The electrification of the transport sector would require a coordinated effort from auto original equipment manufacturers (OEMs), charging infrastructure providers, and government policymakers over the coming decades. The share of electric cars and trucks may need to reach 84% and 79%, respectively, by 2070.
The green mobility transformation is expected to provide investment opportunities worth $2-$4 trillion in the upcoming decades.
Decarbonization of energy-intensive industries
India’s manufacturing industries are a significant contributor to its carbon dioxide emissions. Iron, steel, cement, chemicals, and fertilizers sectors have the highest emission footprints and increase with economic growth and urbanization.
For their decarbonization, the sectors must continue energy-efficiency improvements; use carbon capture, utilization, and storage technologies; deploy new technologies with non-fossil feedstock; use zero-carbon fuels like biomass and green hydrogen.
The sectors’ transition will require investment in research and development to make new technologies, including affordable hydrogen. The government should provide support and incentives to sectors to move towards sustainable technologies.
The report noted that the decarbonization of energy-intensive industries would offer India a $2-$3 trillion investment opportunity.
Green buildings, infrastructure, and cities
In India, the top 25 cities account for over 15% of the total greenhouse gas emissions. The design of carbon-efficient new buildings and the modification and enforcement of building energy codes to track the energy performance of new and existing buildings can help reduce urban carbon dioxide emissions.
Green buildings, infrastructure, and cities could offer India a $2-$3 trillion investment opportunity.
The agriculture sector and livestock account for 18% of overall greenhouse gas emissions. For India, the shift to sustainable agriculture will be one of the most complex transitions. It will require a campaign to educate and enable over 100 million farmers to adopt precision agriculture to reduce carbon emissions. Precision agriculture includes reducing the usage of nitrogen and urea, sustainable animal husbandry, and shifting to renewable energy from diesel pumps.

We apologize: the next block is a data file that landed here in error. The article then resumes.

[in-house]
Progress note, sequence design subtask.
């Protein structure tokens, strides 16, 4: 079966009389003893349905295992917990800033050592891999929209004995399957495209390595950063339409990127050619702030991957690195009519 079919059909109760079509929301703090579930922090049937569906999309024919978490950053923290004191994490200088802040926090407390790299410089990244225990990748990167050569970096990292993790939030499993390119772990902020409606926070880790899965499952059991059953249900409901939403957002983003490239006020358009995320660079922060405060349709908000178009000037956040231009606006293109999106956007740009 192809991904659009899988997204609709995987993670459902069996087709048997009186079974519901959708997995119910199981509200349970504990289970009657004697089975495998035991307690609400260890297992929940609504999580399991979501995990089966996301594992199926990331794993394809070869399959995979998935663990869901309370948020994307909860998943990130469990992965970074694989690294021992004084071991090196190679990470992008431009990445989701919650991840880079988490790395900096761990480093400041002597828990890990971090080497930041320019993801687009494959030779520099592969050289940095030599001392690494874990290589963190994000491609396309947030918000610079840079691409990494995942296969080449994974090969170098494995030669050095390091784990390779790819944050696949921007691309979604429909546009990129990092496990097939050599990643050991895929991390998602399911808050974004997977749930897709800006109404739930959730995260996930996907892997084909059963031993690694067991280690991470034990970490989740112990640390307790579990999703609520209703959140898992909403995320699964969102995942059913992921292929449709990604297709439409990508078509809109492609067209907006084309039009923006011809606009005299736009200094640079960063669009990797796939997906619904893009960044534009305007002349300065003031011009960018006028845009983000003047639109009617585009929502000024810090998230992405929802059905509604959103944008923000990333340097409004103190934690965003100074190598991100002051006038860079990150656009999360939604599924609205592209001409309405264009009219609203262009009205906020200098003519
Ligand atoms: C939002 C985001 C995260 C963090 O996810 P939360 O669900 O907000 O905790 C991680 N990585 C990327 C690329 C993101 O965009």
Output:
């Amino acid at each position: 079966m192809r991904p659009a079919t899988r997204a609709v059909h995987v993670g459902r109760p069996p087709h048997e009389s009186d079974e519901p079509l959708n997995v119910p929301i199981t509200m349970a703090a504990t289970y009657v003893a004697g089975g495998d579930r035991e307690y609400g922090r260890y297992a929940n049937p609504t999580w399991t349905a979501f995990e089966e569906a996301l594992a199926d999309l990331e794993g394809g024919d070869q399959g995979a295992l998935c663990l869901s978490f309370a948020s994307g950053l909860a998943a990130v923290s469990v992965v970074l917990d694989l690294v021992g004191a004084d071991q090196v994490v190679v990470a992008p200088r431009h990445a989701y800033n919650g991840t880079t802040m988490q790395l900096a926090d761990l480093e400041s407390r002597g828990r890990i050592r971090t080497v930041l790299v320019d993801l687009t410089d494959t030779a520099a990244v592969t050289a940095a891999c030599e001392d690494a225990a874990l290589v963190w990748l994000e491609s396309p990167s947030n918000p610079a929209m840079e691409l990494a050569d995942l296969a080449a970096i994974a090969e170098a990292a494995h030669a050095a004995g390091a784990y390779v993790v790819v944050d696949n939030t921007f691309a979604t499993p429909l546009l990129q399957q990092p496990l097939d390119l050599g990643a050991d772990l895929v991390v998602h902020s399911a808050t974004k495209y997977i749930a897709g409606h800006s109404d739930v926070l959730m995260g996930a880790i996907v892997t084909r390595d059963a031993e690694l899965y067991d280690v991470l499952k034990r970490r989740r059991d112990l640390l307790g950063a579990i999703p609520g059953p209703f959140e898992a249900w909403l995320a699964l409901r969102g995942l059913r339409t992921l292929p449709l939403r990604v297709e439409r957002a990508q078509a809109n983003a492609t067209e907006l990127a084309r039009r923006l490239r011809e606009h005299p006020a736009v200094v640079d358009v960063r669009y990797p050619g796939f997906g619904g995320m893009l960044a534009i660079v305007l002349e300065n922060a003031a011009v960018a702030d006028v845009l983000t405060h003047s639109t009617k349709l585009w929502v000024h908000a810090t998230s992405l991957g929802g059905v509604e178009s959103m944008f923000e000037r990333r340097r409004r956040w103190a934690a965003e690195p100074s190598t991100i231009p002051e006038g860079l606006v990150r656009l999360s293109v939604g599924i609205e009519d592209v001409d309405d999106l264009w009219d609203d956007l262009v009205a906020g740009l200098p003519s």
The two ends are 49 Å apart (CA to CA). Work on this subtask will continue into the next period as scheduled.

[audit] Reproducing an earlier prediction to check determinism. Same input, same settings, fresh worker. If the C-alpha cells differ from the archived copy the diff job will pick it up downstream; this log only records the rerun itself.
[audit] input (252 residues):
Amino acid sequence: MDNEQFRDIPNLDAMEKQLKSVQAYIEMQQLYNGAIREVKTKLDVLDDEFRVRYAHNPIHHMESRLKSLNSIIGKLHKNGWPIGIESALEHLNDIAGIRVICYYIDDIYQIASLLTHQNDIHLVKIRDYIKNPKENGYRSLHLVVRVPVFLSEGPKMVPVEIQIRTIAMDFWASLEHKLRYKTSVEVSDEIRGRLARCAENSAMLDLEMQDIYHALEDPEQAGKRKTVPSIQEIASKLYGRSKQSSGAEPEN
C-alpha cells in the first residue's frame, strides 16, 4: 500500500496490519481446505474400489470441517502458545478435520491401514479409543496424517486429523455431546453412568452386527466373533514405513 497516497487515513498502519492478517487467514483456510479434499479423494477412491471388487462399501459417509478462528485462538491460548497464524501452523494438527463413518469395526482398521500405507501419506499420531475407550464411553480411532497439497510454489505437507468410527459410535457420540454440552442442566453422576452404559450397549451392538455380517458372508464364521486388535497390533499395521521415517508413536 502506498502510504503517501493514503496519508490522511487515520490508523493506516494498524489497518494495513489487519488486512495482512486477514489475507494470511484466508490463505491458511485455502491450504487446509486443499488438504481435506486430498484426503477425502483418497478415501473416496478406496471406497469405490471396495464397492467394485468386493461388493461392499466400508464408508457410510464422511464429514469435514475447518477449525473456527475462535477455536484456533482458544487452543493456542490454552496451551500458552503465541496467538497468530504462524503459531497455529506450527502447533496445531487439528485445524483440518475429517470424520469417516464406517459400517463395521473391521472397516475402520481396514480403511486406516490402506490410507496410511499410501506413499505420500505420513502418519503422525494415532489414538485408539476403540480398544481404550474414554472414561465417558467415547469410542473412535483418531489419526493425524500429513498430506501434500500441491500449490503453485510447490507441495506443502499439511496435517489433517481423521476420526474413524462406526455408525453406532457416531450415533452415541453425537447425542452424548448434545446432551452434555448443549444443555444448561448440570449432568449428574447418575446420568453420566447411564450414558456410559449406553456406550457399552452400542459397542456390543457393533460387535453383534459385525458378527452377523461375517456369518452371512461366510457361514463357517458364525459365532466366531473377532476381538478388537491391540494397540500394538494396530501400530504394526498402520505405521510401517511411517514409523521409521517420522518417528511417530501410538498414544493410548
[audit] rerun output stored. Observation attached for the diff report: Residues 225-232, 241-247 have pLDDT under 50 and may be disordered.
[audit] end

The report said that India needs a multifold growth in government and private capital flows to build new green infrastructure, develop new technologies, and encourage individuals to shift to greener consumption patterns. A mature green finance sector would be critical for India’s net-zero transition.
The country has an opportunity to tap into deep pools of international capacity by reducing frictions and challenges that raise the capital cost for Indian projects. The potential roadmap to tap international funds includes measures to reduce hedging costs, adapt external commercial borrowing guidelines, and pragmatic use of innovation and de-risking instruments to help more projects reach expected risk/return profiles.
India needs to have clear execution plans, long-term policy stability, and financial infrastructure to attract foreign investment at a much higher scale for rapid solar market expansion.
Harsh Shukla is a staff reporter at Mercom India. Previously with Indian Express, he has covered general interest stories. He holds a Masters Degree in Journalism from Symbiosis Institute of Media and Communication, Pune.